I have been thinking about community. Do you have a sense of belonging to a community? (A group of people living in the same place or having a particular characteristic in common, or a feeling of fellowship with others, as a result of sharing common attitudes, interests, and goals.)
I don’t belong to my local community. (How do you meet people in your neighbourhood? How do you get a feeling of local community?) I’ve been living in this neighbourhood for four months and I’ve only seen one neighbour long enough to say “Hello” and introduce myself. (Oh, and one neighbour came around to complain about the dog, who was listening to Alain de Botton lectures at top volume and, frankly, upsetting us all.) If I walk up and down my street, all I see is lifeless houses, with the cars occasionally entering and departing the driveways. I guess all the parents are getting to know each other while waiting at school gates and football practice? But for the rest of us; I have no idea how we have any sense of community.*
As a Christmas gift, James organised an intensive meditation course for us both. As a young adult, I thought that meditation and yoga were silly and pretentious things, but since I’ve been a grownup, I’ve been interested in meditation, but haven’t had the right opportunity to try it. So, this was a gift (super nice), and we booked in for this 4-day course (1.5 hours per day), and it was pricy, but you get free monthly drop-in classes after you’ve finished it. That seemed like a good setup to me, because I’m not great at spending money on myself (e.g. yoga, health services, health food and other health products, nice clothes, nice things) and I feel a bit guilty every time I do.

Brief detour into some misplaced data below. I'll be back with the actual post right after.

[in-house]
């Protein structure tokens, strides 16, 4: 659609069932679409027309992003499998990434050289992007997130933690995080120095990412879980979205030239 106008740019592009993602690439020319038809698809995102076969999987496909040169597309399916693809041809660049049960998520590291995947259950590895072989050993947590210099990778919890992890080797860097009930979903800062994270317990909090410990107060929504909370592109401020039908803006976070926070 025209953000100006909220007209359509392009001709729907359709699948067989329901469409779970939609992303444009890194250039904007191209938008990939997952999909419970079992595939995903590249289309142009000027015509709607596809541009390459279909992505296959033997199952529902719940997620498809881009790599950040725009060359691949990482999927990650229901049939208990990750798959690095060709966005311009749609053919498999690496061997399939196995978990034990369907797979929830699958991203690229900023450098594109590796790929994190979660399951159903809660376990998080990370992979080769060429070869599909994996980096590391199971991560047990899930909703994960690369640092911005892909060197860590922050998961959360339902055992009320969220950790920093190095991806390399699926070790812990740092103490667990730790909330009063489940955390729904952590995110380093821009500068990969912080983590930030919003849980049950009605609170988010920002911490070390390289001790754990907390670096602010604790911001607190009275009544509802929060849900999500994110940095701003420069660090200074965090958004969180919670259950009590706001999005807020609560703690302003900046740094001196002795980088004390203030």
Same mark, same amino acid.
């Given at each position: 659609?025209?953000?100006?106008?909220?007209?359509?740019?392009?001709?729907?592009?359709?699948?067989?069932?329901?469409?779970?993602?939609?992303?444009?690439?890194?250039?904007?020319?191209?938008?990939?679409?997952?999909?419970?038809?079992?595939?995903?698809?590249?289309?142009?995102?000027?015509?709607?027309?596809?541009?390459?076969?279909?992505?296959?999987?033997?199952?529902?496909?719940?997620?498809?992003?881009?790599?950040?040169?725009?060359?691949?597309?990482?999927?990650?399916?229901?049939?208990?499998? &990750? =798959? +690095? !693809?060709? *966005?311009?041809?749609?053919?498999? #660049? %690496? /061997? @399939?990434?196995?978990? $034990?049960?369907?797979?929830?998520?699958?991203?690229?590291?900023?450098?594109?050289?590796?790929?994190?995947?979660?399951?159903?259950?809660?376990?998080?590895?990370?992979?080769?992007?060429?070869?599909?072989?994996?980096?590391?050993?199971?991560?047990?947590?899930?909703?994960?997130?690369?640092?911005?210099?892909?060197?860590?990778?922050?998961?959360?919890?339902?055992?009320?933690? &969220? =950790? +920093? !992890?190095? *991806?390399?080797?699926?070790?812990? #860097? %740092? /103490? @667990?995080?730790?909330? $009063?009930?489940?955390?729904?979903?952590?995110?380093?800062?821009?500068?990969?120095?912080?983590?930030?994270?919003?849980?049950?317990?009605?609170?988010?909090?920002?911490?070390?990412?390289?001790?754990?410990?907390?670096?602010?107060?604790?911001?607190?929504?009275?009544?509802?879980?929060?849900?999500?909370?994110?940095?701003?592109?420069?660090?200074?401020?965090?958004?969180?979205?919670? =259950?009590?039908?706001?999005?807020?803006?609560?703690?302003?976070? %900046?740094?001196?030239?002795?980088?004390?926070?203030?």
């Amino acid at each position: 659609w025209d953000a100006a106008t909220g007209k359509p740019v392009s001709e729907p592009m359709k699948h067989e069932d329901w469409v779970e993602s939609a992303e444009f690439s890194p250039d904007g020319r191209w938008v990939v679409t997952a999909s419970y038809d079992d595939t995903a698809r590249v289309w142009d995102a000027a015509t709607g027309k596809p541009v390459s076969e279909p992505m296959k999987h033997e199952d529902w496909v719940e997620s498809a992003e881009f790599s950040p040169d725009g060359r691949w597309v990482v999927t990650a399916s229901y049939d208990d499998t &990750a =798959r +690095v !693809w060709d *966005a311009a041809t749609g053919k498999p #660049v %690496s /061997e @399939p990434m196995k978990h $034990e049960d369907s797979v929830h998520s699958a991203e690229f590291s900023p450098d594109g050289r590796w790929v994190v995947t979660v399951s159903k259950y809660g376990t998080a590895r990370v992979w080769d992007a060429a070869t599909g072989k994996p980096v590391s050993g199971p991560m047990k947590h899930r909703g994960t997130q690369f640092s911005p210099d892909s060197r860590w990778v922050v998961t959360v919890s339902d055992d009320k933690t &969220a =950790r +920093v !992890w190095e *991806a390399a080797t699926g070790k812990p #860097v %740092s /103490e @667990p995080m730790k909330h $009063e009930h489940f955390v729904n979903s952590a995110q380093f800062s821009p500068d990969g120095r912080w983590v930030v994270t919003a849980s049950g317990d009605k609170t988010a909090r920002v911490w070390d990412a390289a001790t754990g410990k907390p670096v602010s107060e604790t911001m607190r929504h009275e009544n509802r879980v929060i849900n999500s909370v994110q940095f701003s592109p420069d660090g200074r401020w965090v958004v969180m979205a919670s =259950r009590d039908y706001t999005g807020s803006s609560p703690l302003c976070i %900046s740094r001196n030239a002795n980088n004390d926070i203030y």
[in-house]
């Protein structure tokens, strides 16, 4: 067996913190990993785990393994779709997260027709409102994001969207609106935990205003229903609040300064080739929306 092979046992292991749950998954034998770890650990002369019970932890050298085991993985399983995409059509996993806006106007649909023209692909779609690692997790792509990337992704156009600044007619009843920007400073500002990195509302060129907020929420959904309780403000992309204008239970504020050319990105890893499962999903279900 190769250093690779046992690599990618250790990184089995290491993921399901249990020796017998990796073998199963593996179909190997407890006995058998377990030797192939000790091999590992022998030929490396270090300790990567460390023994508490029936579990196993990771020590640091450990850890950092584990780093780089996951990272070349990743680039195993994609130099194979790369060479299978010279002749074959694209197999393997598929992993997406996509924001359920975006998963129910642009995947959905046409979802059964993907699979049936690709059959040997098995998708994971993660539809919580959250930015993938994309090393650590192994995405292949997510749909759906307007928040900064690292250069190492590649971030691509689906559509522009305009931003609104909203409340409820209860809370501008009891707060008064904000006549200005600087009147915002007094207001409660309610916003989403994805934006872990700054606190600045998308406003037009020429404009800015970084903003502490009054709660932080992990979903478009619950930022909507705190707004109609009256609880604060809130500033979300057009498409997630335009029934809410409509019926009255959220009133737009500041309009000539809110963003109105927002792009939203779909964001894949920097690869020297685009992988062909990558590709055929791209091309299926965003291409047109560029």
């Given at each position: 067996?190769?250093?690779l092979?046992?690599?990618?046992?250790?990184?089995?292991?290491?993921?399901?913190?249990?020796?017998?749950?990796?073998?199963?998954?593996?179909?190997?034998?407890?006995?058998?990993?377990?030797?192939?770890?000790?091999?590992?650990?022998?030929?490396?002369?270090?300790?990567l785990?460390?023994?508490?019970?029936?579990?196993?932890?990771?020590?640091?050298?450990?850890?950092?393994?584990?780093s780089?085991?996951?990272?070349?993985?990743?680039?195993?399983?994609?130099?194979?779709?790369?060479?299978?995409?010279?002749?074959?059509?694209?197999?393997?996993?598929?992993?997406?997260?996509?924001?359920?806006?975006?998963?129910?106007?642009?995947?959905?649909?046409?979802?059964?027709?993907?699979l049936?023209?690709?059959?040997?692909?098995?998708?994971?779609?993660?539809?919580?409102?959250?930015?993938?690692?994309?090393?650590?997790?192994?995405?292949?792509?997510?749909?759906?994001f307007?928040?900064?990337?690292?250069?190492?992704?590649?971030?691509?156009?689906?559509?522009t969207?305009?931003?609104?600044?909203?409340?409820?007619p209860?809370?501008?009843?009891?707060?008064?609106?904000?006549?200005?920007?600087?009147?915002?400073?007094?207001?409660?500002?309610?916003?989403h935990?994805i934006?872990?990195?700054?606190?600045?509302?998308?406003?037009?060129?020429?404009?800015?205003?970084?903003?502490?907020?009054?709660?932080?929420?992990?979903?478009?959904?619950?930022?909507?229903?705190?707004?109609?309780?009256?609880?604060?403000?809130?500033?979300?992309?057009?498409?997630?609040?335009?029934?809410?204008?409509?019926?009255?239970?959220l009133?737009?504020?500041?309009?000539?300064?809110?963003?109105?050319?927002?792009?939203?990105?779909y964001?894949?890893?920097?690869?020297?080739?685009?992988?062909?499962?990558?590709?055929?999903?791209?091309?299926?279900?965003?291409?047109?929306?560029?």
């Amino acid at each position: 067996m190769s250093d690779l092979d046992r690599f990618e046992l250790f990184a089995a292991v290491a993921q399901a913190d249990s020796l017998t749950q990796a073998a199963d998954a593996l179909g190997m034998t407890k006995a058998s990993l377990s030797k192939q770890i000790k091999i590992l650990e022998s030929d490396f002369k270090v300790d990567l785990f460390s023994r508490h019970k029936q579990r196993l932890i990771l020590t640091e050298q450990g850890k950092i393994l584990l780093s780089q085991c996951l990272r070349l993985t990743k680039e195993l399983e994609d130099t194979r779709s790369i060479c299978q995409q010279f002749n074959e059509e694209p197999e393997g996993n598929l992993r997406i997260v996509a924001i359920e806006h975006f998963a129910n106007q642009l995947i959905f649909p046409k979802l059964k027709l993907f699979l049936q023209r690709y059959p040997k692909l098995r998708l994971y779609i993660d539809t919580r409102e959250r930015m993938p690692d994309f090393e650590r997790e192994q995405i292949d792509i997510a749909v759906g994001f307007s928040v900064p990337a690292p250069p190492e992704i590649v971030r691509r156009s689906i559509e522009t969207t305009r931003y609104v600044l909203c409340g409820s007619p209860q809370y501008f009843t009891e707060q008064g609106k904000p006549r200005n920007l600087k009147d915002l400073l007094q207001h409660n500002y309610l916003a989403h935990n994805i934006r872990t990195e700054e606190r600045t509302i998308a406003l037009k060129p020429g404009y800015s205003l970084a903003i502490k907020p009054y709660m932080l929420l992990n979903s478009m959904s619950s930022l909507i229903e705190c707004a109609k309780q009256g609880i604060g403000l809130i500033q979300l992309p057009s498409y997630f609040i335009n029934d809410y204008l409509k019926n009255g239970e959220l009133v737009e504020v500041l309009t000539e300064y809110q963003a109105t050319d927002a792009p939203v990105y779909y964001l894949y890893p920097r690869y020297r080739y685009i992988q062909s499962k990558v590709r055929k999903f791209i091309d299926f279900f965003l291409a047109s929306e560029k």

My dog thinks he’s a skateboard.
Just popping down to the skate park, he says.
I shrug and go back to work. He takes himself out for a few hours, trots down to the skate park, avoiding the helping hands of people who try to reach out and grab him, thinking that he’s a lost dog. He arrives at the asphalt and plays it cool, to begin with. Hovers around the sidelines, watching the others. When he feels comfortable, when he is ready to play it really cool and brave the track, he slides into place with all the other skaters, and practices his tricks, gets his balance right. Finesses his technique.
What do you do, when you are at a girl friend’s house, but they are a friend you don’t know *that* well, and one of their male friends (you’ve never met before) becomes anxious and agitated, and tensely yells, “Oh should I just calm down? Should I just calm down? Should I just calm down?” while racing back and forth through the kitchen, from the hallway door to the porch door, before stopping at the porch door and banging their head against the door, hard, several times? And everyone is making hushing noises, and someone offers them a chair and calmingly touches their shoulder, but the guy violently strikes their hand away… and five minutes pass, and people resume chatting, trying to get things back to normal, and the event is glossed over, like nothing happened?
When I was a kid, my parents had some friends who I really liked, and wanted to see more often.
Billy and Ted lived in England, then in France. They were fascinating to me. I liked their children, too, but I enjoyed being around those grownups. They had traits that my parents didn’t, and I wanted to learn more. I remember Ted telling me about skiing through the alps, and I wanted to know more. I remember Billy taking me to a department store (it felt very fancy, but it was probably the equivalent of Target!) and when she showed me her favourite makeup brand, and I admired it, she bought me a red lip gloss and I was ecstatic! It felt so grownup and expensive and special.
Adam Grant has a personal project called Eggs on Toast with Thyme, where he’s collecting very short stories about time travel. He began with 29 stories from Mechanical Turk, then moved onto stories by friends. My one is here.